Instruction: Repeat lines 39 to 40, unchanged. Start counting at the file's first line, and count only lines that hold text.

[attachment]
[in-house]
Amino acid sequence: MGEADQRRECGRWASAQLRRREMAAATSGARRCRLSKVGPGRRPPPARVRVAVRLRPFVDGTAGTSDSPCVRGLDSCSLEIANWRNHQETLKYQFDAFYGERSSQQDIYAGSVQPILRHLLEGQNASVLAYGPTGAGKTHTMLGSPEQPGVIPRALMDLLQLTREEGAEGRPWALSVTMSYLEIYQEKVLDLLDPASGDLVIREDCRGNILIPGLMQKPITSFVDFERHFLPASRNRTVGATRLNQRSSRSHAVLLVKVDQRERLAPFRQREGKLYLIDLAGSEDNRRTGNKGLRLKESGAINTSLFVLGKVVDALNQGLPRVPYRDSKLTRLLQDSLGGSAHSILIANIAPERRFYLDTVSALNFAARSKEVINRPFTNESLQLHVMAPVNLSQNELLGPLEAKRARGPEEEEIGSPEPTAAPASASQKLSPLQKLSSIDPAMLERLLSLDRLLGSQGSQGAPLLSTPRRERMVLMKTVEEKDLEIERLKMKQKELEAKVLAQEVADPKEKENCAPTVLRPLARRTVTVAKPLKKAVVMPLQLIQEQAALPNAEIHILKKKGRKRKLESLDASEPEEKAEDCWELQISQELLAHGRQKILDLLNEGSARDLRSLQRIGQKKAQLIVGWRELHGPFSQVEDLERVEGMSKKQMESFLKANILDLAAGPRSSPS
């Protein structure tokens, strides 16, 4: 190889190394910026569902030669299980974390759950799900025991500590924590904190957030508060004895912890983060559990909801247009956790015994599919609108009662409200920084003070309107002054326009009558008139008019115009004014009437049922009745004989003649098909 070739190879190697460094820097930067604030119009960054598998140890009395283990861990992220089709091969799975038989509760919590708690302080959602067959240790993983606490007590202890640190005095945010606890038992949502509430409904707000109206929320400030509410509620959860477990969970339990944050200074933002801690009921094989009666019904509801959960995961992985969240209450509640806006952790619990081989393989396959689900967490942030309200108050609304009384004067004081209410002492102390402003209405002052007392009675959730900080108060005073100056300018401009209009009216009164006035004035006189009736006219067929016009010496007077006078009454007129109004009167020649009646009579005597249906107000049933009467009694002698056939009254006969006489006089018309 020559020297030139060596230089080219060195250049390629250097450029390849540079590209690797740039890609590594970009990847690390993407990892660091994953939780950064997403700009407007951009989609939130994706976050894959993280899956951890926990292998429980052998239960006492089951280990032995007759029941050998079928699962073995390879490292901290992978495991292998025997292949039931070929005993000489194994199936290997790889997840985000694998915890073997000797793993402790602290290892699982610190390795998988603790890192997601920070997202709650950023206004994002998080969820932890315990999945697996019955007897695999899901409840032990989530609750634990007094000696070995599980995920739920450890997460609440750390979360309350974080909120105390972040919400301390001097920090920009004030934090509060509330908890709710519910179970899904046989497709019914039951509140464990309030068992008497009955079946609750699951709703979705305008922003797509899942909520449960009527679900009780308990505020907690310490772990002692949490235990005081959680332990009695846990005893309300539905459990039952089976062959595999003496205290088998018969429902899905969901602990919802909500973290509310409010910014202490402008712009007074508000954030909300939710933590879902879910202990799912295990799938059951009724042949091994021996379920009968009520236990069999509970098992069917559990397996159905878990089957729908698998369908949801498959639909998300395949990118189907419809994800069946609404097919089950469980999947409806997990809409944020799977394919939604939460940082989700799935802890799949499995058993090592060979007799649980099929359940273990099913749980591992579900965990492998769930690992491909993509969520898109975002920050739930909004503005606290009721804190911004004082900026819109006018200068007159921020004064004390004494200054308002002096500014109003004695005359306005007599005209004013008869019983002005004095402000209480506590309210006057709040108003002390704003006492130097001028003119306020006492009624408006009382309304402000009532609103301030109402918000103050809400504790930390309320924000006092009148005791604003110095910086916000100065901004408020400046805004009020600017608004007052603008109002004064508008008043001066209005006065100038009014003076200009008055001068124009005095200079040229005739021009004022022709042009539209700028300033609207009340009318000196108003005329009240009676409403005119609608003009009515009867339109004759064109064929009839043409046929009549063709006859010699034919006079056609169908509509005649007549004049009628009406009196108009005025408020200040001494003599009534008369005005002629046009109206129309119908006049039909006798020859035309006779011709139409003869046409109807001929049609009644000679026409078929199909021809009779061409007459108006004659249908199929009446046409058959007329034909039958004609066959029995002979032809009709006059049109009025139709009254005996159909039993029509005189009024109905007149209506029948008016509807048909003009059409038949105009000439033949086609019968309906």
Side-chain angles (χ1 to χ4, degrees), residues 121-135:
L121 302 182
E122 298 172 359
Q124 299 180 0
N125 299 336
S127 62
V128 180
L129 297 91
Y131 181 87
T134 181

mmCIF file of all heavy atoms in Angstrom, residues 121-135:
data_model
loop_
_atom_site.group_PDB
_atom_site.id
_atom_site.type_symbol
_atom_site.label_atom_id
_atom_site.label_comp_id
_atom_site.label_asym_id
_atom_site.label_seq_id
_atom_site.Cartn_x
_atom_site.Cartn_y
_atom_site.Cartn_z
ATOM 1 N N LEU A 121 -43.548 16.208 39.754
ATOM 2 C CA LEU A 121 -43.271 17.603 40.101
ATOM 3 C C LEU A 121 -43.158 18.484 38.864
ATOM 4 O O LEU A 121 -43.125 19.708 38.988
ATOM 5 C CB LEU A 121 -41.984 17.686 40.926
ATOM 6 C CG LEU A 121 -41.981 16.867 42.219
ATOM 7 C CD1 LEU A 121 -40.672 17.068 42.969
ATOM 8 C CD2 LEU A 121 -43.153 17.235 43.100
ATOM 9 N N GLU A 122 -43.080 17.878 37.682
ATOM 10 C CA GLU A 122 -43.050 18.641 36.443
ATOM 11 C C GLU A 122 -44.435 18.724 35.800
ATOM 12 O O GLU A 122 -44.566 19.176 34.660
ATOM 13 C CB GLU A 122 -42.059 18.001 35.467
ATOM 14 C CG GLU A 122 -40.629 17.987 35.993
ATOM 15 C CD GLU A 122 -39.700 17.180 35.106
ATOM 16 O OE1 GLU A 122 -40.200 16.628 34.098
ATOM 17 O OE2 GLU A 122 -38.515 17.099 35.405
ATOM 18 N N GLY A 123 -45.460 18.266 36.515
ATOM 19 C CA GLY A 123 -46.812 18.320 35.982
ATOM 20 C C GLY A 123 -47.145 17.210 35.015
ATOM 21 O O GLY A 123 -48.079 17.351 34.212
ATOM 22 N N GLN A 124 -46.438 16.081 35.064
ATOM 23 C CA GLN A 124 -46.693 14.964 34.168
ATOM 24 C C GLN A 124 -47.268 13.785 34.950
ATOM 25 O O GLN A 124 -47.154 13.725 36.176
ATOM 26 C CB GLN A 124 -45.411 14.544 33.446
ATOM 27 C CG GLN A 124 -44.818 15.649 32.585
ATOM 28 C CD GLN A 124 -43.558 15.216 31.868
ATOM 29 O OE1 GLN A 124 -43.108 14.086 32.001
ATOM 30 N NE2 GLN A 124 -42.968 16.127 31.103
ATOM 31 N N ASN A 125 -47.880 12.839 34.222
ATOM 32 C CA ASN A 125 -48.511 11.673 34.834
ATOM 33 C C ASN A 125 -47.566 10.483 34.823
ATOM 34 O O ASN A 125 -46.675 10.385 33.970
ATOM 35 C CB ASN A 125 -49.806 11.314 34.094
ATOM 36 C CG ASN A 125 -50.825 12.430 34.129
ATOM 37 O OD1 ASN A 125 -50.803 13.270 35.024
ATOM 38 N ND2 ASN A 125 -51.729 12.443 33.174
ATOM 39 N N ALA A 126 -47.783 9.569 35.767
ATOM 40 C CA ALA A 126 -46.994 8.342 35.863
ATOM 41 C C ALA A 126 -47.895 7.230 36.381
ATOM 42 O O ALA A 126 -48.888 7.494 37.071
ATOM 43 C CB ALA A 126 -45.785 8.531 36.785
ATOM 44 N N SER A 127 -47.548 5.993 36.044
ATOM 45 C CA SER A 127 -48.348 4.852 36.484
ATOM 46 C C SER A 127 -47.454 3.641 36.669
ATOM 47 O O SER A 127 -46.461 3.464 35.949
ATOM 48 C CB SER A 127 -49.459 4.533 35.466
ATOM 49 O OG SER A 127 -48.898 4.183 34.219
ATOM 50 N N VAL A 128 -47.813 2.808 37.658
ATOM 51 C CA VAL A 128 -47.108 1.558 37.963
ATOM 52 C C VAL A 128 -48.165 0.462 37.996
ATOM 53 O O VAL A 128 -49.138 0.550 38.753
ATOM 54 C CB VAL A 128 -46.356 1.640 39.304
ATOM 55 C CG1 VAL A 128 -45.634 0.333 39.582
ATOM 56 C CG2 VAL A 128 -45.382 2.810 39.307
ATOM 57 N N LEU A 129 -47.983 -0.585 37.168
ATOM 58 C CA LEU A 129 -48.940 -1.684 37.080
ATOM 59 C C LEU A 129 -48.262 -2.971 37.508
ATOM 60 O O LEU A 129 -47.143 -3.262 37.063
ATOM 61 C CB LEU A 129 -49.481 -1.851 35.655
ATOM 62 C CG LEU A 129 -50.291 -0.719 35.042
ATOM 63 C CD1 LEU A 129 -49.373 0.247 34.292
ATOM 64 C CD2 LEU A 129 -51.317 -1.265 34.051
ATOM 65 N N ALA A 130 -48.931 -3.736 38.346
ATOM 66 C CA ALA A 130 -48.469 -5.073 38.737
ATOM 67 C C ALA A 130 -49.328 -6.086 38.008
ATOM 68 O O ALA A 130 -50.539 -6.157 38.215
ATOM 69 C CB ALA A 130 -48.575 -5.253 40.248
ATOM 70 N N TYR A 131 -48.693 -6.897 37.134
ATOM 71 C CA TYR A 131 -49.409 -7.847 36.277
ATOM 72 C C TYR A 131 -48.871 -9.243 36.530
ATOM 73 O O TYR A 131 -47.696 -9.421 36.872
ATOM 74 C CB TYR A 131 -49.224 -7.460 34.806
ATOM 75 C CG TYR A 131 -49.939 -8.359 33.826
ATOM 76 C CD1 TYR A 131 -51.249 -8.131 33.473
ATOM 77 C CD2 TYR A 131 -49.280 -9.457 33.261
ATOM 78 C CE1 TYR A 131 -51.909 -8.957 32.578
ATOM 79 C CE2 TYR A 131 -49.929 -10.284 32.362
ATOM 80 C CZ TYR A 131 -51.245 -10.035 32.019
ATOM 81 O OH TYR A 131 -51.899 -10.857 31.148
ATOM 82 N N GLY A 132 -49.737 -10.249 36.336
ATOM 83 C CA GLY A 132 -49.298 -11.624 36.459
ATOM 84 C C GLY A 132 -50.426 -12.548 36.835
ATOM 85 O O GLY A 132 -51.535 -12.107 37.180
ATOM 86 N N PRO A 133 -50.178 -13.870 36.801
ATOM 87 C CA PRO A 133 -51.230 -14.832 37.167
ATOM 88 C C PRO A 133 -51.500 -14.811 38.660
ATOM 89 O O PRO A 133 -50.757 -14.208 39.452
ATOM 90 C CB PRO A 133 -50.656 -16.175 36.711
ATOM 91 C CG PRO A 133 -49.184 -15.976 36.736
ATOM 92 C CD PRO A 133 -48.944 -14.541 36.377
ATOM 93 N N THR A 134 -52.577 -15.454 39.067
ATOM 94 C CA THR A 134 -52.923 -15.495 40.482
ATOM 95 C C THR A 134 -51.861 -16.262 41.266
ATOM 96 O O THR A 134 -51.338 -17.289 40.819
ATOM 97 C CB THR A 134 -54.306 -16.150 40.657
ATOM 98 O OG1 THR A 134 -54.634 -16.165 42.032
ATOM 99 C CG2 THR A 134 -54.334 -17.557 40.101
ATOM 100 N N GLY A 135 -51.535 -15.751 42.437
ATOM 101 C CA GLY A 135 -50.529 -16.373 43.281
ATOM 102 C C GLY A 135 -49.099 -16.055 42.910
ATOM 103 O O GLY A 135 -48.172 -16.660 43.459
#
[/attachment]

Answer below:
ATOM 13 C CB GLU A 122 -42.059 18.001 35.467
ATOM 14 C CG GLU A 122 -40.629 17.987 35.993